VMA(AW)-242 arrived at Marine Corps Air Station El Toro, California in early May 1971 and became the first A-6A squadron in the 3rd Marine Aircraft Wing. In September 1977, the squadron transitioned to the A-6E aircraft. After ten years at MCAS El Toro, they again deployed overseas to MCAS Iwakuni as part of the six-month Unit Deployment Program (UDP). During this deployment, the squadron deployed and trained in such places as the Philippines, Okinawa, Japan, and Korea. Upon its return to MCAS El Toro on April 22nd, 1981, VMA(AW)-242 began receiving the latest model Intruder, the A-6E TRAM, in preparation for redeployment to MCAS Iwakuni in April 1982.
During August 1983, VMA(AW)-242 was the first Marine squadron to deploy to the African continent as part of Operation Eastern Wind in Berbera, Somalia. While in country, they conducted joint operations with the Somali Army Air Defense Force and the United States Navy and Air Force.
In April 1984 and November 1985, the squadron participated in its third and fourth UDP deployments to the Western Pacific. Returning to MCAS El Toro in May 1986, the squadron was awarded the Lawson H. M. Sanderson trophy as the Marine Corps Attack Squadron of the Year for 1986. In April 1987, the squadron made their fifth WestPac UDP deployment. October 1988 saw VMA(AW)-242 redeploy to MCAS Iwakuni, Japan for the sixth and final WestPac UDP with the A-6E Intruder.
In August 1990, the squadron initially deployed as part of MAG-70 in Operation Desert Shield but got no further than MCAS Cherry Point for a few days in August 1990. Ten aircraft were flown to MCAS Cherry Point with the intent to trade four 3-G limited aircraft for unlimited aircraft from VMA(AW)-224 so that the squadron would have ten aircraft that were not impacted by the wing fatigue limitation program. However, at the last minute, it was decided to not deploy the squadron. All the squadron’s aircraft were transferred to USMC and USN squadrons, and they returned to El Toro to begin transitioning to the F/A-18D Hornet a month earlier than originally planned.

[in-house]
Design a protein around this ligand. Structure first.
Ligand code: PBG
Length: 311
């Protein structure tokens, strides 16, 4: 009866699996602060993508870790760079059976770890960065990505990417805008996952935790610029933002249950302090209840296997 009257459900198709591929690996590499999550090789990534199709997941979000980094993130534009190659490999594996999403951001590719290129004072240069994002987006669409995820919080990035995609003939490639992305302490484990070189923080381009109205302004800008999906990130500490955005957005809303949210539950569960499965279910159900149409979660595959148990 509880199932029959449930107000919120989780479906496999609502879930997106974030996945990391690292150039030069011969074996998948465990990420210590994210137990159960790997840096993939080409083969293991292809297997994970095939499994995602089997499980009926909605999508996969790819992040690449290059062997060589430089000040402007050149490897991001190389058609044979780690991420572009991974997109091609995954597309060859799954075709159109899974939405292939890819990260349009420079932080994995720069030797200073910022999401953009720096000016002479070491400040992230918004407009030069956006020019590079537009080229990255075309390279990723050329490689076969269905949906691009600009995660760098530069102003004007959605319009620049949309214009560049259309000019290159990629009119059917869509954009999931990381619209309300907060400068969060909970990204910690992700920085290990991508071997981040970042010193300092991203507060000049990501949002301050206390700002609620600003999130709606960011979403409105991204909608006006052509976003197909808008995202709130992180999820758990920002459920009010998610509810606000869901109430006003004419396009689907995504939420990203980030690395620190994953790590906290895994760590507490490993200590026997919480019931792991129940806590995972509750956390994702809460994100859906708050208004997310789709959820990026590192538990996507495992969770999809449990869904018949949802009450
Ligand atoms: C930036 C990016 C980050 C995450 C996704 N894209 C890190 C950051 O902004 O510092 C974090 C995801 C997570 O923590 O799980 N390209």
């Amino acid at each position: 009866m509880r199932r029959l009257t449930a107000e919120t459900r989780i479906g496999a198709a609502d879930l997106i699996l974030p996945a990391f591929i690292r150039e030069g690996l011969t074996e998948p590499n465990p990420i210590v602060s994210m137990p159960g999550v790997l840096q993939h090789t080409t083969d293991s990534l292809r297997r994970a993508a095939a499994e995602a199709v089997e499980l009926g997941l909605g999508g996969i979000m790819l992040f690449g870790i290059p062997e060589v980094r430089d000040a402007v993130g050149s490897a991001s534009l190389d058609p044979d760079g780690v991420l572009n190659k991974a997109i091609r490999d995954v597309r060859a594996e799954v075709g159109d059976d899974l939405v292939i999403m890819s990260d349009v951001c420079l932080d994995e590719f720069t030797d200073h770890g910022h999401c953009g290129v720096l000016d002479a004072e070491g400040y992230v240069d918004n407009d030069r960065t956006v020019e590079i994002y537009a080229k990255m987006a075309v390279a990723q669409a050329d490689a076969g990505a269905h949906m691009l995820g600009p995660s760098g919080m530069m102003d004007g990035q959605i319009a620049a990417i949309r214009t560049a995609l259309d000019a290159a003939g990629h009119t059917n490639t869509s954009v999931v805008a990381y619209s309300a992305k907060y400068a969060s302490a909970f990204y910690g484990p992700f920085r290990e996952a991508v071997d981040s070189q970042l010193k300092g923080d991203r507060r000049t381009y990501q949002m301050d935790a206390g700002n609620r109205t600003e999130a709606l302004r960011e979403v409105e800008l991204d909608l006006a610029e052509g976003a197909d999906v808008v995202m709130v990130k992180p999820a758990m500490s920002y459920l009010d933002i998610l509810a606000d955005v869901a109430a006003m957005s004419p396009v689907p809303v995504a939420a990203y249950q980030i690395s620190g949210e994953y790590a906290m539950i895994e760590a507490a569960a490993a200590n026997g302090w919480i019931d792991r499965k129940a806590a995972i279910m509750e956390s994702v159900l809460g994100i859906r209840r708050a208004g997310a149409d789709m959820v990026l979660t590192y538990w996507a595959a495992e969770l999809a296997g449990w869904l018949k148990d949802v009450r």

On December 14th, 1990, VMA(AW)-242 was re-designated as Marine All Weather Fighter Attack Squadron 242, and began conversion to the F/A-18D Hornet. VMFA(AW)-242 received its first aircraft in February 1991 with the final Hornet being accepted in August of that year. It was during the transition to the F/A-18D that the squadron adopted its motto, “Mors ex tenebris.”
The Global War on Terror
From 4th August 2004 to 18th March 2005, the squadron supported the Iraq War. Utilizing the combat callsign “Profane”, VMFA(AW)-242 spent seven months flying out of Al Asad Airbase, Iraq. During this time they provided close air support for the 1st Marine Division during Operation Phantom Fury. Squadron sections flew cyclic missions dropping over 300,000 pounds of ordnance in support of Marines and Soldiers on the ground overtaking the city. During this battle, precision-guided ordnance was dropped close to friendly forces with zero cases of friendly fire. Just two months later, in January 2005, over a five-day period, squadron aircraft were airborne twenty-four hours a day in order to deter insurgents’ efforts to undermine Iraq’s first democratic elections. The squadron received the Robert M. Hanson “Marine Fighter Squadron” of the Year award in October 2005.
Due to a re-organization within Marine aviation, VMFA(AW)-242 moved from MAG-11 at MCAS Miramar to MAG-12 in its current home at MCAS Iwakuni in 2008.
On 16th October 2020, the squadron was re-designated as Marine Fighter Attack Squadron 242 (VMFA-242) after its transition from the F/A-18D Hornet to the F-35B Lightning II.
Hobbymaster F/A-18D Hornet 165685, VMFA(AW)-242, US Marine Corps, Yokota AB, August 2020